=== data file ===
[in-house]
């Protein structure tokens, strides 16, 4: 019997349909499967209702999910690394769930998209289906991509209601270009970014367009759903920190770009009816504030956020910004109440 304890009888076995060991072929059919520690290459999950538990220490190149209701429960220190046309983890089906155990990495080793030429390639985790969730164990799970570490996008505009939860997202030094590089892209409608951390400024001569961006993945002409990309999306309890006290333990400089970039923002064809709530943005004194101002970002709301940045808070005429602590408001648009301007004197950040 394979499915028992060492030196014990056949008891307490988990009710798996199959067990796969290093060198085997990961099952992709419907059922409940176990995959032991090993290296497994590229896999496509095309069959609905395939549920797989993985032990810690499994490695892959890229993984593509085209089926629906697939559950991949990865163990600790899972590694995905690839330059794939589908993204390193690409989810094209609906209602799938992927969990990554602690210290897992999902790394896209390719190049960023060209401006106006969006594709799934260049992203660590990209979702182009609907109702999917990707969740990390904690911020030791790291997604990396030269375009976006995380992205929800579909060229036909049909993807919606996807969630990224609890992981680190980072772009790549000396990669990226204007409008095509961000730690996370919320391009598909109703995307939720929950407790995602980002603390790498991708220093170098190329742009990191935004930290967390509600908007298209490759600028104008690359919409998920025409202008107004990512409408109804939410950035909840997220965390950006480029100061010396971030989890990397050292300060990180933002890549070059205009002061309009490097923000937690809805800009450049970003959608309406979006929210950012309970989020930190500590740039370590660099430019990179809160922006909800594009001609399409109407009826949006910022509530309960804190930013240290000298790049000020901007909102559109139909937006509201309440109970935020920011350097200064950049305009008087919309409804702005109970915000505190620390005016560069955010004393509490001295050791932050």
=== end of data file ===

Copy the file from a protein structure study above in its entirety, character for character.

[in-house]
């Protein structure tokens, strides 16, 4: 019997349909499967209702999910690394769930998209289906991509209601270009970014367009759903920190770009009816504030956020910004109440 304890009888076995060991072929059919520690290459999950538990220490190149209701429960220190046309983890089906155990990495080793030429390639985790969730164990799970570490996008505009939860997202030094590089892209409608951390400024001569961006993945002409990309999306309890006290333990400089970039923002064809709530943005004194101002970002709301940045808070005429602590408001648009301007004197950040 394979499915028992060492030196014990056949008891307490988990009710798996199959067990796969290093060198085997990961099952992709419907059922409940176990995959032991090993290296497994590229896999496509095309069959609905395939549920797989993985032990810690499994490695892959890229993984593509085209089926629906697939559950991949990865163990600790899972590694995905690839330059794939589908993204390193690409989810094209609906209602799938992927969990990554602690210290897992999902790394896209390719190049960023060209401006106006969006594709799934260049992203660590990209979702182009609907109702999917990707969740990390904690911020030791790291997604990396030269375009976006995380992205929800579909060229036909049909993807919606996807969630990224609890992981680190980072772009790549000396990669990226204007409008095509961000730690996370919320391009598909109703995307939720929950407790995602980002603390790498991708220093170098190329742009990191935004930290967390509600908007298209490759600028104008690359919409998920025409202008107004990512409408109804939410950035909840997220965390950006480029100061010396971030989890990397050292300060990180933002890549070059205009002061309009490097923000937690809805800009450049970003959608309406979006929210950012309970989020930190500590740039370590660099430019990179809160922006909800594009001609399409109407009826949006910022509530309960804190930013240290000298790049000020901007909102559109139909937006509201309440109970935020920011350097200064950049305009008087919309409804702005109970915000505190620390005016560069955010004393509490001295050791932050």